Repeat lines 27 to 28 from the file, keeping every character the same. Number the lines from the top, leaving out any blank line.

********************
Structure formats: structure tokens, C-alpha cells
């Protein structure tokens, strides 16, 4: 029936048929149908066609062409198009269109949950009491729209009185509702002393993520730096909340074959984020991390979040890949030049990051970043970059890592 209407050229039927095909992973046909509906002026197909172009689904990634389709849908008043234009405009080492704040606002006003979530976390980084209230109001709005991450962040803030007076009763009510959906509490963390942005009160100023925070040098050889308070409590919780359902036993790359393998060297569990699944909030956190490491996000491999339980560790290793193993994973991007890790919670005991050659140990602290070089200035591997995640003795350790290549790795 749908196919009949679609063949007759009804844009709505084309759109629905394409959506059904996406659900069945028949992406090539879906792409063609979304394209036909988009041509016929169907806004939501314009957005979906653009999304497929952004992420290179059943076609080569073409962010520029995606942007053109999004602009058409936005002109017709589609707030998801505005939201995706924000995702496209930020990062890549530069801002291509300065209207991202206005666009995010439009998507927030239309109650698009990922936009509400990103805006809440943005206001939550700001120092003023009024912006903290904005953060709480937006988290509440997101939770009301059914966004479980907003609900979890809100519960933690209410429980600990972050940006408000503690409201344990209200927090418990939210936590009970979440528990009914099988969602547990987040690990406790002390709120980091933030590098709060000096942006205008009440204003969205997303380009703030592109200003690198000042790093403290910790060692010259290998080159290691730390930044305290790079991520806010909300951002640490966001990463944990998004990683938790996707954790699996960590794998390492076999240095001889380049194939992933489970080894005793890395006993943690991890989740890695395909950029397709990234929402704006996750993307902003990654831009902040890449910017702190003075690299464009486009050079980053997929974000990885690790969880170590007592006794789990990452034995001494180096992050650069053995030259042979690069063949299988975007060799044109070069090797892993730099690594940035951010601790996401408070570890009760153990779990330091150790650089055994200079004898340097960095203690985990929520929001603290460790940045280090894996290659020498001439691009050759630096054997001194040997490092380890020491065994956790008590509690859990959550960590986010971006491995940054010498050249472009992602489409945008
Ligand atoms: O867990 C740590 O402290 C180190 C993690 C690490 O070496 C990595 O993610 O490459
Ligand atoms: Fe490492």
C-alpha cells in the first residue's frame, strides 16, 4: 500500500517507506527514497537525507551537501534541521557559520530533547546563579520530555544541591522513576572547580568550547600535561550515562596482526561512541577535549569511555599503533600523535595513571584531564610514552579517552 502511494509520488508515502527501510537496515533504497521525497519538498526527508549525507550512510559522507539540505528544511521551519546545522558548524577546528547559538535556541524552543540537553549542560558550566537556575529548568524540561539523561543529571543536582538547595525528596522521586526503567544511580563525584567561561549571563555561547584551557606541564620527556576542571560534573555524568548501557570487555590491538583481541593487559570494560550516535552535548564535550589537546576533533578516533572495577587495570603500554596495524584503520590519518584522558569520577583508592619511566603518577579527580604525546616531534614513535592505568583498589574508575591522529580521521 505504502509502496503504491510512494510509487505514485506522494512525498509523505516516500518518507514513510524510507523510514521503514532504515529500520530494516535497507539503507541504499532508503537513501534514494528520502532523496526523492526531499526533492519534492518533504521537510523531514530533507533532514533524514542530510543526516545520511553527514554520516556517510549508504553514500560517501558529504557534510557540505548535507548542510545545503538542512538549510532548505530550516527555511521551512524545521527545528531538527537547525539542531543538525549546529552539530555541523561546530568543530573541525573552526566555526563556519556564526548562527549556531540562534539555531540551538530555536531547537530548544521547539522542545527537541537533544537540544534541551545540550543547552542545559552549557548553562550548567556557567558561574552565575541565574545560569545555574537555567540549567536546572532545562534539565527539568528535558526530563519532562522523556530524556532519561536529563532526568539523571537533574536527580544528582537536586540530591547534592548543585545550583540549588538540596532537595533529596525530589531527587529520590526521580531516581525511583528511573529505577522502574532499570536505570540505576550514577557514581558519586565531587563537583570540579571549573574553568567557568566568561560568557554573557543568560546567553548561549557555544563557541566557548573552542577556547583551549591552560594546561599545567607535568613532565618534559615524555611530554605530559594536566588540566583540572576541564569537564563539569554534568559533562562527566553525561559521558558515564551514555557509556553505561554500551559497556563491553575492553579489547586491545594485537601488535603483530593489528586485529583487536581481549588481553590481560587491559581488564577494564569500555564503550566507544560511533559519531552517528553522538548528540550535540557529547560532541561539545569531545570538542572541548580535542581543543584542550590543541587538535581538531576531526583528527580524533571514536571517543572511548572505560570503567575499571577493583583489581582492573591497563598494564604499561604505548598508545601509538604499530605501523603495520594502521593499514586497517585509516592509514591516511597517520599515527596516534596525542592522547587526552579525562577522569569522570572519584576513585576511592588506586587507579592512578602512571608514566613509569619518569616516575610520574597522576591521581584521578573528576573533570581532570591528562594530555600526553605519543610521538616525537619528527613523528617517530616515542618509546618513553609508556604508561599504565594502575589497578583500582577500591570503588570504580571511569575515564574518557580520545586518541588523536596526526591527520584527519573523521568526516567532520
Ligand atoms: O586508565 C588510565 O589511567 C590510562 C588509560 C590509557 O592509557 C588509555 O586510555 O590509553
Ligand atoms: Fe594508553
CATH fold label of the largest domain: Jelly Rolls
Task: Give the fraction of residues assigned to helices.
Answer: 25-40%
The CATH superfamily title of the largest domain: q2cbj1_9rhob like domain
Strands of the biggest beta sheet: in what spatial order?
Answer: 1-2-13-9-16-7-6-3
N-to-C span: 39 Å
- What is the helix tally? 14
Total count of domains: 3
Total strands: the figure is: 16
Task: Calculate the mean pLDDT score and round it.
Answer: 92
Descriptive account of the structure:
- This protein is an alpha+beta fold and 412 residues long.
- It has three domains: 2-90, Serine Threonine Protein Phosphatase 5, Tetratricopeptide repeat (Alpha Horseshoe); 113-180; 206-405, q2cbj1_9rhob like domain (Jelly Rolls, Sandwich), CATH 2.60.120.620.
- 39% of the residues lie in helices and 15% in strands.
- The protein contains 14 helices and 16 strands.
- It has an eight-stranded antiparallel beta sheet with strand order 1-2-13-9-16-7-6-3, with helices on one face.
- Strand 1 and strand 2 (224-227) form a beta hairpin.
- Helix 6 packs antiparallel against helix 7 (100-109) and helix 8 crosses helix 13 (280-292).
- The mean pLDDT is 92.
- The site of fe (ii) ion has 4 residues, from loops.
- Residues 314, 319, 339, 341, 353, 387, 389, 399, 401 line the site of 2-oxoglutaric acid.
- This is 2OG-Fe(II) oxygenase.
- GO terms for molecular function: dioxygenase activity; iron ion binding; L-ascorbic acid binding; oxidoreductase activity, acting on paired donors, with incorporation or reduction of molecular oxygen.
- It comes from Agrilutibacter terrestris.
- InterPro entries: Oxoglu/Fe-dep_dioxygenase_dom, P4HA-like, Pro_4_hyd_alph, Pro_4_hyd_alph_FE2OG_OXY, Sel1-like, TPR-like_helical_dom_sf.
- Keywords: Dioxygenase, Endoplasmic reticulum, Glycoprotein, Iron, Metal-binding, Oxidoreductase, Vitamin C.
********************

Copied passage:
- Helix 6 packs antiparallel against helix 7 (100-109) and helix 8 crosses helix 13 (280-292).
- The mean pLDDT is 92.